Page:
A new study from Oregon State University had some starting conclusions: in 40 percent of the heterosexual couples aged 18-25, both married and unmarried, who participated in the study, only one partner said the couple had agreed to be sexually exclusive, while the other maintained that they had no monogamous arrangement.
And even among the couples who had explicitly agreed to be monogamous, about 30 percent said that at least one partner had had sex outside of the relationship.
The most interesting part of the study, though, that this trend seemed to have no connection with the couple’s marital status, or even whether they had children. In fact, couples with children were less likely to have a monogamy agreement in place. This is disturbing, given that previous studies have shown that condom use tends to decline as a relationship progresses.
Jocelyn Warren, one of the researchers, explained that couples tended to become monogamous “generally for emotional reasons, to show love and trust in a relationship” (although there are many other reasons for couples to choose non-monogamy, and it’s entirely possible for non-monogamous couples to show love and trust in ways other than sexual fidelity). But one of the main worries from this study is that couples, by not explicitly saying what they want (or breaking explicit agreements) are putting themselves at risk for sexually transmitted diseases.
“Couples have a hard time talking about these sorts of issues, and I would imagine for young people it’s even more difficult,” explained Marie Harvey, another lead researcher. “Monogamy comes up quite a bit as a way to protect against sexually transmitted diseases. But you can see that agreement on whether one is monogamous or not is fraught with issues.”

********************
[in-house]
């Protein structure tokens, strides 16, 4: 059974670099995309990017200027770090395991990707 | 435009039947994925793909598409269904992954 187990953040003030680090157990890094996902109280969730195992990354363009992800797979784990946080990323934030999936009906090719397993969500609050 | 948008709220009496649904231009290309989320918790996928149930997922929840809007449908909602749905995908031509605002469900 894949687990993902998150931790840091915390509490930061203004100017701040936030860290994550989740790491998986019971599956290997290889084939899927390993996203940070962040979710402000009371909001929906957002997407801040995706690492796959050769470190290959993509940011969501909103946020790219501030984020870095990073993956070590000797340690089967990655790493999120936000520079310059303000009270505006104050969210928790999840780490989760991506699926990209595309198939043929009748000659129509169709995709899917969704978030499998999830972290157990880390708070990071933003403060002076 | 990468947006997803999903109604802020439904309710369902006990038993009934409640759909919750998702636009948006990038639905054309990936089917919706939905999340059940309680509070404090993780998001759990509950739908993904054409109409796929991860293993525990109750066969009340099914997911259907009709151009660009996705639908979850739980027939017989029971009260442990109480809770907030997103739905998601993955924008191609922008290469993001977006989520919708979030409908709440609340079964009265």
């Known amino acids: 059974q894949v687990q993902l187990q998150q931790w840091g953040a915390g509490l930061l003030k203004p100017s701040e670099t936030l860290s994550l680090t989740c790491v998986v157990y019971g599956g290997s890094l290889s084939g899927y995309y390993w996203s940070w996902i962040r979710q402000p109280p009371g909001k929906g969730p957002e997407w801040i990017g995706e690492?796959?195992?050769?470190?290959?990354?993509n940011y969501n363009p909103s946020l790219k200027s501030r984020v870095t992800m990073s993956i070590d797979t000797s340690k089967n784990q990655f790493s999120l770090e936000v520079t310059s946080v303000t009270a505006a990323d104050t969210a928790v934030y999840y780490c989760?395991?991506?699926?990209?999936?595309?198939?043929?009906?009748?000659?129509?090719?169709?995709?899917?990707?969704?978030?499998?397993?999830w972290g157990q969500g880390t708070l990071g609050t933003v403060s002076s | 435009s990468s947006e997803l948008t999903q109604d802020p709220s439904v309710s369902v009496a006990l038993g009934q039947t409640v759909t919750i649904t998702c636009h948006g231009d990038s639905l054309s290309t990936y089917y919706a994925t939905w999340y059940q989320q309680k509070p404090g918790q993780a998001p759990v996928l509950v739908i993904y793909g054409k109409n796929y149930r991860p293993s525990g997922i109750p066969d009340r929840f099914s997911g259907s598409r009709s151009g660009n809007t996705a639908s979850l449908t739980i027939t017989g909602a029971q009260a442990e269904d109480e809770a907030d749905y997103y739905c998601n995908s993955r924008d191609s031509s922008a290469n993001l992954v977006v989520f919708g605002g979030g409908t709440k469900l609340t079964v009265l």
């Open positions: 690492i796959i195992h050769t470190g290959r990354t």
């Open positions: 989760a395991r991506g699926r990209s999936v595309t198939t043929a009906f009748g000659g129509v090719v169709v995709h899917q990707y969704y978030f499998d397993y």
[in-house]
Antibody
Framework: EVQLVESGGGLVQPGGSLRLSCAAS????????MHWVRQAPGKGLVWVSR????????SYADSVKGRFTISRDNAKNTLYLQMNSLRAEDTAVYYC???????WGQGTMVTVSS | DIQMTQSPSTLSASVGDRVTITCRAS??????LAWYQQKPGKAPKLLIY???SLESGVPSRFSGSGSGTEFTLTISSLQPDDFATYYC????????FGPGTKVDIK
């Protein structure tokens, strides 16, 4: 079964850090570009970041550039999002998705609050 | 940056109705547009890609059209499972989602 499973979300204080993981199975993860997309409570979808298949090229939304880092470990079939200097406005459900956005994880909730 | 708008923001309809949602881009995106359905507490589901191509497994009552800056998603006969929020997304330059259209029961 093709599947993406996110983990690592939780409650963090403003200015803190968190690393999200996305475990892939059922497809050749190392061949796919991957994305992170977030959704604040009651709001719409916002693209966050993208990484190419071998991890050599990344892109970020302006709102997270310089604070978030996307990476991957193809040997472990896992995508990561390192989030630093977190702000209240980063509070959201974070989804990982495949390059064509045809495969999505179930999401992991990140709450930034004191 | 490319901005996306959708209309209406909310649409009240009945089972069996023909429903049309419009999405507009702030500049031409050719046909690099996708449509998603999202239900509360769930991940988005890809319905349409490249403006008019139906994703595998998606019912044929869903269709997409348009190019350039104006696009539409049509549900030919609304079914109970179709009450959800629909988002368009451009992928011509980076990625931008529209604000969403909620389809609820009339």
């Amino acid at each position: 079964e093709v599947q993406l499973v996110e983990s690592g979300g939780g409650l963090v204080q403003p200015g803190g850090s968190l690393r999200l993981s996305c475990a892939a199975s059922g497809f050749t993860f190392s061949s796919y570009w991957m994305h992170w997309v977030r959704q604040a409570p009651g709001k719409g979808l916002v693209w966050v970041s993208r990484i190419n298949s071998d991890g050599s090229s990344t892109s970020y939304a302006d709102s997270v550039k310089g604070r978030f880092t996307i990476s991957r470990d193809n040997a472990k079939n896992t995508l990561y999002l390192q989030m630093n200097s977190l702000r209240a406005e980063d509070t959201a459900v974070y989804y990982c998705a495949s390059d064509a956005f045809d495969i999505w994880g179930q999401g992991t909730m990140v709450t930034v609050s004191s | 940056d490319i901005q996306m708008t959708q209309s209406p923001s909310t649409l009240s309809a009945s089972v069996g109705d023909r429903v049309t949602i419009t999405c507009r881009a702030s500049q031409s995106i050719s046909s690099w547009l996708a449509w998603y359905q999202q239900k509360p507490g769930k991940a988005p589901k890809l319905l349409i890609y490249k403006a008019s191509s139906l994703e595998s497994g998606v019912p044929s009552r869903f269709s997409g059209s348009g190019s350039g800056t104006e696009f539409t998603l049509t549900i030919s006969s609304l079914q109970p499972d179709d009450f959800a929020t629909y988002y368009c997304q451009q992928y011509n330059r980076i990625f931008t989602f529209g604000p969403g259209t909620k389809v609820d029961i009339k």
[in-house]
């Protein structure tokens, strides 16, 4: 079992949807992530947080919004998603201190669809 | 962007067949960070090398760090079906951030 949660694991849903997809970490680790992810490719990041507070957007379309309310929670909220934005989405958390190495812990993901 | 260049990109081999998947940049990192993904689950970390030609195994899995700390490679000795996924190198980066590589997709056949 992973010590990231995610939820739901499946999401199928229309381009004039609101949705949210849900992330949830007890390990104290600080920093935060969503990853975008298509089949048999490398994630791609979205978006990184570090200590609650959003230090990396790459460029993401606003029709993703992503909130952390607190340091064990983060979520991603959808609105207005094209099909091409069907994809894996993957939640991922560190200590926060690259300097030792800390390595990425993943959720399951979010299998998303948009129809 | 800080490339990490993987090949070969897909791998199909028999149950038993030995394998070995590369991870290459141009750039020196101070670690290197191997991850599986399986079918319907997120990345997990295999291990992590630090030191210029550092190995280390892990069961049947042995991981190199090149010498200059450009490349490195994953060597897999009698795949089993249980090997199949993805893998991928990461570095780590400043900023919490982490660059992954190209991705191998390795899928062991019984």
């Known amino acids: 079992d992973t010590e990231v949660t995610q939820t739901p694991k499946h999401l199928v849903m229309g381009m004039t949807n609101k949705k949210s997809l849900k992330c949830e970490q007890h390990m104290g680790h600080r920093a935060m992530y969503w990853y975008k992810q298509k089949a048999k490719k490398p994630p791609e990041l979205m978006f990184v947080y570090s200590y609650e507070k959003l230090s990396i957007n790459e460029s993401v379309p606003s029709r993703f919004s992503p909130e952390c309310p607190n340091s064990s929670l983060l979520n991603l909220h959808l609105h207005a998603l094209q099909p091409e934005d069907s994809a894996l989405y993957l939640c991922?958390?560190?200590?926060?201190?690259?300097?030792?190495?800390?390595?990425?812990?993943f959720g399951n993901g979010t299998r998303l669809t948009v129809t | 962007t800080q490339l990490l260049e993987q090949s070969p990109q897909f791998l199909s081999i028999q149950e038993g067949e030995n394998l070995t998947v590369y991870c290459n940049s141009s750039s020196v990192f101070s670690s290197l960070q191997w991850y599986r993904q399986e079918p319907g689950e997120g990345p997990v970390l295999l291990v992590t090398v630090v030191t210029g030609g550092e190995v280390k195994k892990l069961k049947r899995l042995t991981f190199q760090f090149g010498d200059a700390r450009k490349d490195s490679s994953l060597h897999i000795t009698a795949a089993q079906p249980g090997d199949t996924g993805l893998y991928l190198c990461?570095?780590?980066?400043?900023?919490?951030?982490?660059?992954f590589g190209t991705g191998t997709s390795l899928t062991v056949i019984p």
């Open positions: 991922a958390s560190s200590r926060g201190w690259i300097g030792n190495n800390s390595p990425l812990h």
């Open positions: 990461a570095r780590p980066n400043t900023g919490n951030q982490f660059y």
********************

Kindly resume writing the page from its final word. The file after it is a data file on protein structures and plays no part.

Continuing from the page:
The most important element, of course, is open communication in a relationship. And given the state of sex education in this country, it’s completely understandable that young couples do not always grasp the need for explicit agreements, or the importance of using protection in non-monogamous relationships.
It’s also interesting when read alongside findings from another study, which showed that couples who delayed sex were more likely to have good communication, sexual quality, relationship satisfaction and perceived stability. Of course, it’s hard to judge all of these results because, as a recent study showed, some young people don’t seem to understand what abstinence means. But it all raises questions about how we can promote open communication about sexual choices, and the right ways to emphasize responsible decision-making, so that if couples end up in non-monogamous relationships, they know how to make their relationship healthy and stable.
Photo from Flickr.
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